A great many of the cheaper frozen pizzas use imitation mozzarella combined with real mozzarella to keep the costs at a minimum although it's still expensive. Much of the casein comes from Ireland and is cheap enough because of the subsidies that the country offers so that it becomes cost effective to divert some of the milk to casein production.


Imitation cheese = Hydrogenated vegetable oil to clog the arteries.


I bought some imitation shredded mozzarella, not realizing it wasn't real mozzarella cheese. I took one bite of it and spit it right back out. It is nasty!


I ate imitation cheese before, when my grandma used to buy it. It's gross and you can actually taste it's fake.


Monterrey Jack tastes just awful. It's like a squidgy sticky fart of a slug of a plastic cheese. An unfinished product produced too quickly. Still maybe, that's just what they stock in the supermarkets. There might be some good stuff out there somewhere. So I can't work out whether its the cheese or the process which makes for this apology of a cheese. But let's be honest: how many of us are going to pay for delivery from the internet for what we'd use in a week of a mature cheese. (Saying that though, mature cheese does freeze pretty well, so you can buy a big bit when its on offer and portion it up into week's worth blocks. Defrost in the fridge when wanted).

If you want real cheese, go for Cheddar. A little goes a long way. Even the milder flavored ones have 30 times more flavor oomph than Jack. Or Wednesleydale (a crumbly sort of cheese) which also has great depth of flavor. If you can get some Branston pickle to go with them, its makes for a rewarding sandwich for work. You'll feel you've had a proper lunch rather than an abuse of your physiology (eg as from jack slug cheese).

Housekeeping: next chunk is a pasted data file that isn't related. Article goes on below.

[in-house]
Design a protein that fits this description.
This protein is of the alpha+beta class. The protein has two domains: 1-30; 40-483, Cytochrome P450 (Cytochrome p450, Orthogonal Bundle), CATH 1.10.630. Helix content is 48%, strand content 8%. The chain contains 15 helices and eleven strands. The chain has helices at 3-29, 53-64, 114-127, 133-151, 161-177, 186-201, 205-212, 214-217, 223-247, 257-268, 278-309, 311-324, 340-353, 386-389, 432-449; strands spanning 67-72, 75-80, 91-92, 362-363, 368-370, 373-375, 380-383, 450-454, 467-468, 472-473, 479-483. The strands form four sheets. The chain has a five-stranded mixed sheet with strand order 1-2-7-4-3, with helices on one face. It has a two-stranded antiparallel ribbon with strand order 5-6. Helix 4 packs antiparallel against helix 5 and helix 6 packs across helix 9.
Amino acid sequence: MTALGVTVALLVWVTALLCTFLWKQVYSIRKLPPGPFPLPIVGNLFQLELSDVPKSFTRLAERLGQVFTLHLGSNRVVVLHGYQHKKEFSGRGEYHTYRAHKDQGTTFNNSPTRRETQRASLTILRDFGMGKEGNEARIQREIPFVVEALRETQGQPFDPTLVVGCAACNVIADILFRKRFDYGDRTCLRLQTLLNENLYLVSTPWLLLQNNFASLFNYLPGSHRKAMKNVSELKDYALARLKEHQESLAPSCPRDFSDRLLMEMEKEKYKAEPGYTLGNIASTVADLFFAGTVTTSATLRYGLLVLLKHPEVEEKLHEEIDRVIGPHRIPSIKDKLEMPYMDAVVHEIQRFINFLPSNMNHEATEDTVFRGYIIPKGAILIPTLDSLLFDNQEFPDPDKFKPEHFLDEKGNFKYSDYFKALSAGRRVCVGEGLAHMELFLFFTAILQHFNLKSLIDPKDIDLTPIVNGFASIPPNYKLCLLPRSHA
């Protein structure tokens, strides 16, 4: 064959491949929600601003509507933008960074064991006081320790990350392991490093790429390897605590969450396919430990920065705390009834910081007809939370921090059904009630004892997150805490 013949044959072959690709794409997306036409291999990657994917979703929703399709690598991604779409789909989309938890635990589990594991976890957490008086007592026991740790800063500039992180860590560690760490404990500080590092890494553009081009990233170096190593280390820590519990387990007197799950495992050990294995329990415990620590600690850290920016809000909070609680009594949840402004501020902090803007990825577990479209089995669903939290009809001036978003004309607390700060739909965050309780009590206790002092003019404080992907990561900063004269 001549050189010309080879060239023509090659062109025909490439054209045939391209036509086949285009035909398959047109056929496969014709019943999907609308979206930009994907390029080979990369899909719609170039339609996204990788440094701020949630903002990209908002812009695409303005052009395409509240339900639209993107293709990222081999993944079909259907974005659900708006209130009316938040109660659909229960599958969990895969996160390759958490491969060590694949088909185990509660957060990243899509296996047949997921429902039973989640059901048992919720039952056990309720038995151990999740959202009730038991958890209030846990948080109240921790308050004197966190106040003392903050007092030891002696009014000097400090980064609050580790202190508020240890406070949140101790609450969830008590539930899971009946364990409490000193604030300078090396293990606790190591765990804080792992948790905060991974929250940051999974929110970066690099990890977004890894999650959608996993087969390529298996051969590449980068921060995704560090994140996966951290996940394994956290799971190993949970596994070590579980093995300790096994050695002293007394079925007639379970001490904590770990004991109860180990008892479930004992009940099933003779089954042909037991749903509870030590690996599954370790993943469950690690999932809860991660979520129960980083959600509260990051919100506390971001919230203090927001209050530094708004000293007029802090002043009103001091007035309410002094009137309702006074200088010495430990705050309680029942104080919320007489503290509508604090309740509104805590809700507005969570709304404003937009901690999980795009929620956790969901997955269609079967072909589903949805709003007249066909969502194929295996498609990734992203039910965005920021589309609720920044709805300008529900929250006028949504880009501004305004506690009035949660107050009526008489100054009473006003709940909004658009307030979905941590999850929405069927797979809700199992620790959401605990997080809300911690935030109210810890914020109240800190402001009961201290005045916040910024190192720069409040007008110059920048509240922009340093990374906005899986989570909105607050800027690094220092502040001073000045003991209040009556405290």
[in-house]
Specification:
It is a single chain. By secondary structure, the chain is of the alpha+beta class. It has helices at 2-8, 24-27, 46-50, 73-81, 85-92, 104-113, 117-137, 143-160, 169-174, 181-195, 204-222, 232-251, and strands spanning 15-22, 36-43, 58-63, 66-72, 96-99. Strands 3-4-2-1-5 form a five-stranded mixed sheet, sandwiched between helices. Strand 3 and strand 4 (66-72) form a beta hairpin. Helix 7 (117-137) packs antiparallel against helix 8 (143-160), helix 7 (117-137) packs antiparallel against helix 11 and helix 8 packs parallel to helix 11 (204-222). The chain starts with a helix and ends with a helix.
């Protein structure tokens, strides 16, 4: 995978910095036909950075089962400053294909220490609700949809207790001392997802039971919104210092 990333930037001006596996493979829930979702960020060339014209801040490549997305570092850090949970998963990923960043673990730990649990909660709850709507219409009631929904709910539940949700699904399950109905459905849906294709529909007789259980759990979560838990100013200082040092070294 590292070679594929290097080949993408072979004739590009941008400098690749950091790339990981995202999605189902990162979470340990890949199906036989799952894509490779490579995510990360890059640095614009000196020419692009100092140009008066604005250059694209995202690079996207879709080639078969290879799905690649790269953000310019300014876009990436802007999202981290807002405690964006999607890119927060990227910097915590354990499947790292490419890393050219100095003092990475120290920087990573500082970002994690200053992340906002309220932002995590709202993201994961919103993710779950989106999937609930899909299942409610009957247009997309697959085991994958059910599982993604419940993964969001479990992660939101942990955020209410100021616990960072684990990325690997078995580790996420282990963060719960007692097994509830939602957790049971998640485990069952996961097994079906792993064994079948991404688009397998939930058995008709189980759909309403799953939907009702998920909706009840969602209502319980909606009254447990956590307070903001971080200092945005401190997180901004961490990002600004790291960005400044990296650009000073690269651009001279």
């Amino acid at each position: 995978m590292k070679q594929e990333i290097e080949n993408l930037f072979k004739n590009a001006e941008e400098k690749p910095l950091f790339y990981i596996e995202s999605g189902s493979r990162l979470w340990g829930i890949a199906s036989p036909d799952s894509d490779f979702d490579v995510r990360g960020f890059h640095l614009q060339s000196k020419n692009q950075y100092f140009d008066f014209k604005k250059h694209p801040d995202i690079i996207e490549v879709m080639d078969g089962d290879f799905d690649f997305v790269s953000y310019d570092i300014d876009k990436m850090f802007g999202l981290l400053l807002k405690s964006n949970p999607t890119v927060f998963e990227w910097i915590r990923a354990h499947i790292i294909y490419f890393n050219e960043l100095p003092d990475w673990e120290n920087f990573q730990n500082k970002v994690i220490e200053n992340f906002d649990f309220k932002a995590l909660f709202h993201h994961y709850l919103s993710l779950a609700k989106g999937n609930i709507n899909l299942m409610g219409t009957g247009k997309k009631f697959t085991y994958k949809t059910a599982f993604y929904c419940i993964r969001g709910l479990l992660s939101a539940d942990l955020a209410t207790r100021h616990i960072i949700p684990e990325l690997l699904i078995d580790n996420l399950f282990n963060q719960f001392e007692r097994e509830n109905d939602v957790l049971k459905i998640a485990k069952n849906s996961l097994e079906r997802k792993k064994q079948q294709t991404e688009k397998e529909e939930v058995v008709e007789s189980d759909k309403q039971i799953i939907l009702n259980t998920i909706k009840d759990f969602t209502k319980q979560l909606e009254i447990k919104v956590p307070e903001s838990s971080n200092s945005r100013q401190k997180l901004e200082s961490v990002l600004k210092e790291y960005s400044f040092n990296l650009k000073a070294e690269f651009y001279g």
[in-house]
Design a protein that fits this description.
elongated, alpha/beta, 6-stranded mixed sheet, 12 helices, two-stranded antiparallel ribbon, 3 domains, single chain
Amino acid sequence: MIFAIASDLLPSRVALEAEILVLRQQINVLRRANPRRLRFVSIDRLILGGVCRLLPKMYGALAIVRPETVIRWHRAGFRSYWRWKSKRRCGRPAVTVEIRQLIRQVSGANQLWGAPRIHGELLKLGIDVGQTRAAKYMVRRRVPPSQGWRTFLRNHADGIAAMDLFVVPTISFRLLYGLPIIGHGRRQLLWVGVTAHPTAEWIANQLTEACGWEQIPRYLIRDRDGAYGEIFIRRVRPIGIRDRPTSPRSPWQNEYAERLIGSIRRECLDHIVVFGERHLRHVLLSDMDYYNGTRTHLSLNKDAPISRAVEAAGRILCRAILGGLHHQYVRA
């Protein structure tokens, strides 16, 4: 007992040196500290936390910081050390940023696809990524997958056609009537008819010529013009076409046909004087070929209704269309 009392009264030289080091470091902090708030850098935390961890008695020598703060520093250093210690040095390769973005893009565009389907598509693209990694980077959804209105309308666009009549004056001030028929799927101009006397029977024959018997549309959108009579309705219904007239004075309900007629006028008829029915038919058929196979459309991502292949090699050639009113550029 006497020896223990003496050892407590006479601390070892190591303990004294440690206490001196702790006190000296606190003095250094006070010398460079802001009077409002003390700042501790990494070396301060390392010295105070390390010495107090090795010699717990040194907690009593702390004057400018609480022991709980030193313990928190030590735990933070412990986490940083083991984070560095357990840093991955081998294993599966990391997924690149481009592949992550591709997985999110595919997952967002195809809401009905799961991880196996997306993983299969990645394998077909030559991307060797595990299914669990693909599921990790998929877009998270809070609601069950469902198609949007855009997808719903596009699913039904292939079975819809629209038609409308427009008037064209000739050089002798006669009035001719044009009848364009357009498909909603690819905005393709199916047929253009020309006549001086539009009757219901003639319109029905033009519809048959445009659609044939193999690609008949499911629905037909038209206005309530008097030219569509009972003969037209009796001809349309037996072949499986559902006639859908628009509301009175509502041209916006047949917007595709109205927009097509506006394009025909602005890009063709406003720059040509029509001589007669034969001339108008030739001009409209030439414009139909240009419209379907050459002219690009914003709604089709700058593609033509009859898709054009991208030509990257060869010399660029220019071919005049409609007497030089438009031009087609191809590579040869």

In general, the easy way to shop for a well flavored cheese is by squidging them. If they deform too easily they'll be nasty (unless its mozzarella or mild goat's cheese). Also better cheeses are less sticky as more of the water has been driven out, lending more flavor per ounce.

P.S. I don't work for hate jack cheese society, but maybe I should start one.

P.P.S. Isn't Crisco supposed to knacker your arteries really badly due to its hydrogenated vegetable oil nature? Apparently it encourages the growth and multiplication of fat cells, to the point that eating it for two weeks as part of an everyday diet, makes you more likely to become obese for the rest of your life. Jeez, I don't want that crap floating around inside me. Hydrogenated vegetable oils are banned in some countries, aren't they? I threw my stuff in the trash can when I found that out.


it's cheap and it actually tastes better than american cheese slices. if you are broke, go for the imitation cheese. it's just vegetable oil. it's not like fake synthetic ingredients; it's just oil.

But if you are looking for nutrition go for the american cheese slices. (F.Y.I. same thing with corn syrup and sugar. There is nothing wrong with corn syrup).


Tastes fine to me and at 99 cents a pack it's a bargain.


I bought a dozen packages of this shredded imitation stuff thinking it was real cheese because the packaging didn't state it was imitation. The stuff wouldn't melt no matter what i did! Maybe it could be used as fire retardant!


I mistakenly bought some of this stuff at my local grocery store. I thought it was real cheese. Gross!


imitation cheese is not for me.


Casein and vegetable oil, eh? In other words, glue and Crisco passing itself off as cheese.